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There are a lot of options when it comes to installing a walkway to your front door or around your house. You could choose a simple gravel path, use common poured concrete, cast-concrete pavers or use interlocking brick to create a formal walk or even set it in a herringbone pattern. All these materials can deliver a good, serviceable walk, if properly installed with a good base and drainage.
I have chosen to talk about installing a flagstone or flat stone walkway. Flagstones are the stone of choice for a truly natural look, and come in many different colors and shapes allowing for unique color schemes and patterns to be achieved.
Flagstones vary in thickness from 1 to 3 in., and can be cut in regular shapes or be left varied irregular up to 30” across or even larger. Prices and availability will vary by region.
This material looks good and it can be fairly quick to install. Flagstone though is quite heavy with a 1” thick stone weighing about 14 pounds per square foot so a little sweat equity will be needed.

Start by planning your project.
A walkway can be made just about any size or shape but most are between 3 and 4 ft. wide. A nicely curved path is always much more interesting but sharp curves can be difficult. Mixing stones of different shapes and sizes takes a little more time during installation but it will give you a distinctive, one-of-a-kind walkway. I like the irregular stones but a mixed square and rectangular pattern has an elegant formal look that really looks sharp when matched with a more formal house. Also if your site is not flat and slopes more than 2” for every 4’, you will need to consider installing some steps along the length, in between some level sections of walkway.

Laying out your project is very important.
Lay out your walkway where you want it to go by driving a wood stake at each corner and then tie a mason’s string from stake to stake to show the perimeter. For curved stone walkways use garden hoses instead of string and stakes. Lay the hose out in a graceful curve to mark one side of the path from one end of the projected path to the other. Take another hose and repeat the process for the other side, matching the curves already established by the first hose. Try to make the width of the stone walkway fairly consistent from one end to the other. If you’re planning a straight walk make sure you check the corners for square by using a framing square.

 How to Install a Stone Walkway You must remove top soil and sod for the base material.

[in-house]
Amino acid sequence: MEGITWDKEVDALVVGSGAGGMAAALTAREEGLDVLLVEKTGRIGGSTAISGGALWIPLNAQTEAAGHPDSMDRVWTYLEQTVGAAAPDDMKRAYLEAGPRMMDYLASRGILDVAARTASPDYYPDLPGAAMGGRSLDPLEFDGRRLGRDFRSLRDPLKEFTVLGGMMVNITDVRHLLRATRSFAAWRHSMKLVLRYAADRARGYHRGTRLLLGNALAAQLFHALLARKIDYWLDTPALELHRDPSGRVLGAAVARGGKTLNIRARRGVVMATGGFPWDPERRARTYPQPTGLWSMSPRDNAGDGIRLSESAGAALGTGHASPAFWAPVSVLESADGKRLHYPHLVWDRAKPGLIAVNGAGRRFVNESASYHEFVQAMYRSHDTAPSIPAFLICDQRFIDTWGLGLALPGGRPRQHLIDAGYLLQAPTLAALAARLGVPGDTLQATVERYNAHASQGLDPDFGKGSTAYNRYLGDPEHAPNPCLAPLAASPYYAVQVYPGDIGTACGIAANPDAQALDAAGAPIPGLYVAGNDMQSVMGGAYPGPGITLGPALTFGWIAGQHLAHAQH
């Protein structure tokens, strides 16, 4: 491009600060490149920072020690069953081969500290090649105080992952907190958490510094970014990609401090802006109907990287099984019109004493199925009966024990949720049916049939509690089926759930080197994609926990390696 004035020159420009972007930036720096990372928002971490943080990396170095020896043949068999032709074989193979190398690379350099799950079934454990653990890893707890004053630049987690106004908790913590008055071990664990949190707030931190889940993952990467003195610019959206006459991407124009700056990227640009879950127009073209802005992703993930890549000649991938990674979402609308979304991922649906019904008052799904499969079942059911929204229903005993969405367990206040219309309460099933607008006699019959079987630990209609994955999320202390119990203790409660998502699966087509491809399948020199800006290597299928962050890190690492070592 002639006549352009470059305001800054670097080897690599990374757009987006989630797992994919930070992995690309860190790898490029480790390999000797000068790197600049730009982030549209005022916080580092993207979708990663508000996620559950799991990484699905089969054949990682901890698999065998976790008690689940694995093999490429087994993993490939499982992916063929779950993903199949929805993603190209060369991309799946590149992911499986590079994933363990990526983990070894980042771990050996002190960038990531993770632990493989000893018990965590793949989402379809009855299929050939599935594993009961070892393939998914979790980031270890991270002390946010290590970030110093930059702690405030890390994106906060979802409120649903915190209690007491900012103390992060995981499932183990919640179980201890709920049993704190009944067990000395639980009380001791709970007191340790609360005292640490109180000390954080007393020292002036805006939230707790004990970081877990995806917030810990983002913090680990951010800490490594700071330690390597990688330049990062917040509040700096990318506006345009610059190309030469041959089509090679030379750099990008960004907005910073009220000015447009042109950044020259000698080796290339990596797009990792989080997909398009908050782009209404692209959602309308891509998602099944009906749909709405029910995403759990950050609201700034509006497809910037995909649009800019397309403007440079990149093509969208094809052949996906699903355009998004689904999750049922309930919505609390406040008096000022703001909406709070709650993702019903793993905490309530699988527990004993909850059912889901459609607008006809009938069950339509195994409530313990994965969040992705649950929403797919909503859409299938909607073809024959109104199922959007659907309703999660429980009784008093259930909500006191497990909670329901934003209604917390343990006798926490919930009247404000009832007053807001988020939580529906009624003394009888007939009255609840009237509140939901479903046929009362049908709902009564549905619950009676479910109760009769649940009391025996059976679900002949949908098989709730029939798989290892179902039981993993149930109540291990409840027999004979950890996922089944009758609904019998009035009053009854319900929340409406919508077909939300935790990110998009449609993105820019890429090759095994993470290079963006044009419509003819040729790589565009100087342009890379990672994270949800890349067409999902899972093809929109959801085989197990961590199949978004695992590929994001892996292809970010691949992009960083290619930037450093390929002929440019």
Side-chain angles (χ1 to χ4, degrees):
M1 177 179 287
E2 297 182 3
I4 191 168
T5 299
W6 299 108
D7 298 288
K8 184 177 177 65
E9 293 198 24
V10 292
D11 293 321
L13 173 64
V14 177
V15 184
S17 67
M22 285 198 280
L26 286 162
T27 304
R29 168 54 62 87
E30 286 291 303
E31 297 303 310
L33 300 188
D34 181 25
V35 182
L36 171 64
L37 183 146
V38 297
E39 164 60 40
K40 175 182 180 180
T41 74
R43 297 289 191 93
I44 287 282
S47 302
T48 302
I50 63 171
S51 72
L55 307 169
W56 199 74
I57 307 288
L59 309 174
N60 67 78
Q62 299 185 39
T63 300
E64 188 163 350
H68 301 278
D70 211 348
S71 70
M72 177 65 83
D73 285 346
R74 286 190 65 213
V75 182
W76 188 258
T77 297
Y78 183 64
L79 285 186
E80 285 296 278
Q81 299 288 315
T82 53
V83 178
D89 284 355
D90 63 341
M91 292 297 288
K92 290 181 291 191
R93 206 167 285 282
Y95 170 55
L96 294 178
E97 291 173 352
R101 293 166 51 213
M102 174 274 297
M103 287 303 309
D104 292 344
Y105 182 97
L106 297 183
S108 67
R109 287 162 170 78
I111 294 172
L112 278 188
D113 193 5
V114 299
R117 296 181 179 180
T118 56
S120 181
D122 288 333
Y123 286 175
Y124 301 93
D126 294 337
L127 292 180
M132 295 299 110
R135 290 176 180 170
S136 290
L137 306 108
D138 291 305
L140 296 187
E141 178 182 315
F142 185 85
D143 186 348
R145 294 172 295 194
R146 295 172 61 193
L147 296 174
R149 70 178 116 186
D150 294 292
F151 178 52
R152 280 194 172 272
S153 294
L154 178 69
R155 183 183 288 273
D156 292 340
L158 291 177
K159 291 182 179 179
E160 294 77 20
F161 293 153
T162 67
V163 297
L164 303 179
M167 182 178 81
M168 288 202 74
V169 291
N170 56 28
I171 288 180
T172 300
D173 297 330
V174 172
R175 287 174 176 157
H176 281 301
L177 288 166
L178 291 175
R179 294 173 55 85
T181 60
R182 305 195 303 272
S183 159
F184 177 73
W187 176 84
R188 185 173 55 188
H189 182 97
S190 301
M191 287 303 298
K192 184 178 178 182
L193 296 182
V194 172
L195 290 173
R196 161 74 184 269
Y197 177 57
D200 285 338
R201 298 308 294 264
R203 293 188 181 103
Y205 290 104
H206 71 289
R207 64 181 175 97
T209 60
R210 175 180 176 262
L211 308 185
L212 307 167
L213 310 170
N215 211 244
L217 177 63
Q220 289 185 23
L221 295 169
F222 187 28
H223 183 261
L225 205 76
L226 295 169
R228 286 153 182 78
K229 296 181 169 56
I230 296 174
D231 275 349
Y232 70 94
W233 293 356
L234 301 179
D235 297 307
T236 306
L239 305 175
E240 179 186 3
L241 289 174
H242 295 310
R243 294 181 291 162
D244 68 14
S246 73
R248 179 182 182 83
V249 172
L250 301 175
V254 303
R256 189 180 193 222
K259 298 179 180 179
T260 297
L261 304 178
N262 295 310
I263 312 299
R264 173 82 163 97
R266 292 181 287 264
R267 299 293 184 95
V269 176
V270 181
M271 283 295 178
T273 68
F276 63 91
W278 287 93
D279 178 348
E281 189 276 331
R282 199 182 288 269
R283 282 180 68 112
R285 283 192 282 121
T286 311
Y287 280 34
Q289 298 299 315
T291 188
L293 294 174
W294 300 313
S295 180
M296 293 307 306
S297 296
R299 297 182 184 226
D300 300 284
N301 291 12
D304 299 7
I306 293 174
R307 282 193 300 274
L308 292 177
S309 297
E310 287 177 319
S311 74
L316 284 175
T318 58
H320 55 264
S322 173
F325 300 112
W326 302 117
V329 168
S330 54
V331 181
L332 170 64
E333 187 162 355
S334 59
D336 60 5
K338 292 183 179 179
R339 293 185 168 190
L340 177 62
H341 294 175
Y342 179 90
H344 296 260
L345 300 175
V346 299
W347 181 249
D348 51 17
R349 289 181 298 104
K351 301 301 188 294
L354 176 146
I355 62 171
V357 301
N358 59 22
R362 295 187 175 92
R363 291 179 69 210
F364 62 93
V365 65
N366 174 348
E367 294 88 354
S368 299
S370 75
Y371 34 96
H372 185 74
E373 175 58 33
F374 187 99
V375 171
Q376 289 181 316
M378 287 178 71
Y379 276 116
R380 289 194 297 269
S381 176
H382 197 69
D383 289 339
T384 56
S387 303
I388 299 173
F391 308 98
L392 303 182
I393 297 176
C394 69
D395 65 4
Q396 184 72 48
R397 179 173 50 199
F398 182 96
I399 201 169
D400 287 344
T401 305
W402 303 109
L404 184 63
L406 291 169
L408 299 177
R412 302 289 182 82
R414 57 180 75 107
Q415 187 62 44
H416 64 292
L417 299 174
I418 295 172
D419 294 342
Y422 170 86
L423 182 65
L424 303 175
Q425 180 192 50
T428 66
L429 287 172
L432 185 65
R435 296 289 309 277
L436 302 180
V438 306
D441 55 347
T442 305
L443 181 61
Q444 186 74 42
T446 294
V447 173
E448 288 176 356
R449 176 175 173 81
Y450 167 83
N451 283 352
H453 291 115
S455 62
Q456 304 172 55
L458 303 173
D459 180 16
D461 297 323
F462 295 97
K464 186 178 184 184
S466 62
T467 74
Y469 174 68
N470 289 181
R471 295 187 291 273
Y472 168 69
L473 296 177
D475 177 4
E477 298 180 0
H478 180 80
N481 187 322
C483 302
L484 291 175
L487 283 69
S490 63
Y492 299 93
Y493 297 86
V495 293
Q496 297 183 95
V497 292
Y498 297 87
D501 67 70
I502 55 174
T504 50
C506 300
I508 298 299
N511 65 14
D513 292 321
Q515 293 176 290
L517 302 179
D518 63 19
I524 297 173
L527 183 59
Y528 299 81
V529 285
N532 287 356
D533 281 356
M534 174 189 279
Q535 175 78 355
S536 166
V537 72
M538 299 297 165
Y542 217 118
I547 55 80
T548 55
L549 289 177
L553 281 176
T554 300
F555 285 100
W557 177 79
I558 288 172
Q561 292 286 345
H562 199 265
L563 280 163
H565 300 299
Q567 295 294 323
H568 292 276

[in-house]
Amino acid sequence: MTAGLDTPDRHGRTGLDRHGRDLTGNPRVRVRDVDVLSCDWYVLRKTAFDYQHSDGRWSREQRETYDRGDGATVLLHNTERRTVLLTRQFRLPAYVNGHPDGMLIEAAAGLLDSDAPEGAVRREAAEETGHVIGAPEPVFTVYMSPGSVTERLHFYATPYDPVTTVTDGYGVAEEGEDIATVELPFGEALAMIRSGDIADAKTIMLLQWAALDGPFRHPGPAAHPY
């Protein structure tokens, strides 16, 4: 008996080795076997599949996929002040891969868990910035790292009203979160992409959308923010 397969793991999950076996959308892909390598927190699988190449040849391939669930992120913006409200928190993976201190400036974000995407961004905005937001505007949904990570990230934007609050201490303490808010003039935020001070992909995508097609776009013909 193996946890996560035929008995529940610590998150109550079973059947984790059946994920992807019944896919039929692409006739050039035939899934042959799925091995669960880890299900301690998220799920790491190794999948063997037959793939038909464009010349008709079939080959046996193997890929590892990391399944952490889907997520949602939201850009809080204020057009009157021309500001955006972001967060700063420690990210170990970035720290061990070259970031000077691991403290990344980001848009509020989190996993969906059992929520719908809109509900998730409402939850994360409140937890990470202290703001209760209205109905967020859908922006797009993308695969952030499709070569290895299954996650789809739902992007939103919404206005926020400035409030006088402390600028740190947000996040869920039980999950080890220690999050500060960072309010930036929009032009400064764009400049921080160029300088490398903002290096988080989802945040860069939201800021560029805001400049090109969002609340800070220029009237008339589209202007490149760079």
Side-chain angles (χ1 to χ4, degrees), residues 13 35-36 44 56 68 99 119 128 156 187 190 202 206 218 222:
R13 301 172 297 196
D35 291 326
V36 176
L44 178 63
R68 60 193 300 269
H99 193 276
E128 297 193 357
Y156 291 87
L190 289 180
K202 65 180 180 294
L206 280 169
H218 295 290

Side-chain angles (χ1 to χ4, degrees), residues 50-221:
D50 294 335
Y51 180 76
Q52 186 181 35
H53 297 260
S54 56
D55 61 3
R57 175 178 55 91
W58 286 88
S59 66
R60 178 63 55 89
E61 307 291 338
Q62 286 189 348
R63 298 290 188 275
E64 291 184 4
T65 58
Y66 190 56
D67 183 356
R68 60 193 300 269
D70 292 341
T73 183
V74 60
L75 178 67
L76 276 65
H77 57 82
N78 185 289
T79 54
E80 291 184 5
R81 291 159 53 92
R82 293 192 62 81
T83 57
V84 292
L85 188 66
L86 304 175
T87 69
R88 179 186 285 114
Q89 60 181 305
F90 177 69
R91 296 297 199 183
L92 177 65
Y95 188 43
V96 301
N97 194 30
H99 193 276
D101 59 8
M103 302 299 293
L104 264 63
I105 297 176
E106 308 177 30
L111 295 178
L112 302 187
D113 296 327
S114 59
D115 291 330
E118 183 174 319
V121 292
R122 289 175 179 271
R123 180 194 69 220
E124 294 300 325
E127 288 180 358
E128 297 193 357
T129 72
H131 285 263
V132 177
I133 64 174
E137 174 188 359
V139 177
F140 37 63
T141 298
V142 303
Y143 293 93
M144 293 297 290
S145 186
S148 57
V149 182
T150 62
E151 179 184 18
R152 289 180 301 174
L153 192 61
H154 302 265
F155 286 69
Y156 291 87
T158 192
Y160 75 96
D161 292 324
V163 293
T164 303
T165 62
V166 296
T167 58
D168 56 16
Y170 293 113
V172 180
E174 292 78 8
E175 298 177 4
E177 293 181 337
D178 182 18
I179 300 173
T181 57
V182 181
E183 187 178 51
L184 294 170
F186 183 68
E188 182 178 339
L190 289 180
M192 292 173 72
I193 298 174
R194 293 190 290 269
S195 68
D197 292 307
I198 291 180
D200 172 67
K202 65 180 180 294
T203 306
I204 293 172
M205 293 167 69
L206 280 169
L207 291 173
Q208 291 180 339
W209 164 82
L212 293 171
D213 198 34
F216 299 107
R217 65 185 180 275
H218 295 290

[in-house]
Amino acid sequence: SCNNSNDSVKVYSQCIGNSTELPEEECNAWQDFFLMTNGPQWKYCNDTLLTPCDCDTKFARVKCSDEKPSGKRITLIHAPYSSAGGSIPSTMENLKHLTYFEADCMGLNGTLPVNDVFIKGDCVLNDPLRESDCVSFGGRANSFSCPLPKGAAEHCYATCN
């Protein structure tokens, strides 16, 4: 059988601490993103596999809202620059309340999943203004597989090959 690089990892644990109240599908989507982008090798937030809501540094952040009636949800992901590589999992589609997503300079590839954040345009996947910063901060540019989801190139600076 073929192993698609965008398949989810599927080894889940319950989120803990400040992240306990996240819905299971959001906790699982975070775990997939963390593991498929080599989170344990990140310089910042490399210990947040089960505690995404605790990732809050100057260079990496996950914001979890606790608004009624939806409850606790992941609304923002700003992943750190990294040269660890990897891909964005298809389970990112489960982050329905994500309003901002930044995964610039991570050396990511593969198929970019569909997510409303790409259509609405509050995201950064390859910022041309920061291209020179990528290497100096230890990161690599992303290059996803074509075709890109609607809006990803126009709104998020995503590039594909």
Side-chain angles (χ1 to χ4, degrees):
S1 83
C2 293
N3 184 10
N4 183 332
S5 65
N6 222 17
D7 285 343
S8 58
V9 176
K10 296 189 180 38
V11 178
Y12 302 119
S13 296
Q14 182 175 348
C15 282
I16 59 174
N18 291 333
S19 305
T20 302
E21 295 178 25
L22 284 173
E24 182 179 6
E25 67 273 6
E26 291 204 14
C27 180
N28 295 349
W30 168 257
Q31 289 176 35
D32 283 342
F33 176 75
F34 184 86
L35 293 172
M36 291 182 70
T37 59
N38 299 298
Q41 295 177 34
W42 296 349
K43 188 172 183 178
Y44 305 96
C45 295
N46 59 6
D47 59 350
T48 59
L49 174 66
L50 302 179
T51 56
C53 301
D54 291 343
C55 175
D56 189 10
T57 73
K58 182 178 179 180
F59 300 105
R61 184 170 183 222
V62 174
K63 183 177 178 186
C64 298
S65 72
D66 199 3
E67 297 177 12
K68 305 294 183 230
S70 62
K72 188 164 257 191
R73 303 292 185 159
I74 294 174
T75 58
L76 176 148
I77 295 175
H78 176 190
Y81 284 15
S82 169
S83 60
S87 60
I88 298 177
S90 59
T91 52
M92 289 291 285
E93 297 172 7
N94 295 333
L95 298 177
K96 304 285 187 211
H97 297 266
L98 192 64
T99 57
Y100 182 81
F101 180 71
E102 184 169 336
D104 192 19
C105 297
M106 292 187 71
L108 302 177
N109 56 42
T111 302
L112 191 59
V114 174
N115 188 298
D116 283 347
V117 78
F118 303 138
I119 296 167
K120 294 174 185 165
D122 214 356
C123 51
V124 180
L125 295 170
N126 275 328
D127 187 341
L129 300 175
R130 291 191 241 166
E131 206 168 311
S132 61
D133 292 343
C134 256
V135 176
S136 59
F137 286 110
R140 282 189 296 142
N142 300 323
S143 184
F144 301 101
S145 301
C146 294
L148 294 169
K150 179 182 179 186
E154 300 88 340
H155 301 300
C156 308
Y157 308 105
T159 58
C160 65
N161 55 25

We need to have a firm base (an 8” thick base is recommended for a quality job or a 5” base is minimum) so we will need to remove any sod and top soil that our path will be going over. Using a spade cut along your perimeter lines, then cut the interior sod into manageable pieces and remove them, then finish excavating the top soil and material in the trench to the desired depth for the base materials.

Tip: Use the sections of sod you have removed to make repairs to your lawn elsewhere as this is good sod you are removing.

It’s time to install the base material.
First off lay some landscape fabric down over the bottom of the entire trench you’ve just established for your stone walkway. This is important to suppress potential weeds from growing through between the stone later. To save on time and effort have your base material delivered as close to your path as practical. I like starting off with some gravel for a base and then topping it with stone dust about 2” thick. You could also use sand for your base material. If your walk starts at your driveway pour the first load there to make a little ramp and then wheel your material to the far end of the path and work back to the beginning.  How to Install a Stone Walkway Fill the entire trench about half full with the gravel and then level it off roughly and pack it down with a hand tamper and some water or if the job is large you could rent a gas tamper from you local rental dealer. Then, fill the path to about 3” from the top of the grass and level and tamp again. Now use your stone dust put in 2” and level and tamp or pack it. Rake it until the area looks flat to your eye.

Tip: Cut a piece of 2 x 4 a few inches shorter than the width of your path and use it as a screed board to smooth and level out the base by moving the board from side to side as you pull it towards yourself.

It is not all that important that the path is level (as long as you don’t feel like your going down a ramp it should be less than 1” to 24”) but what you don’t want is it going up and down along the length of it like waves so take a long 2×4 and check it for straight and smooth length wise as well as the width. Tamp it one final time and we are ready to start installing the stone.

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3 Responses to “How to Install a Stone Walkway”

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[…] you would like a little more detail on how to install check out my blog post on How to Install a Stone Walkway. I know it has some differences but most of the installation instructions are similar. By the way […]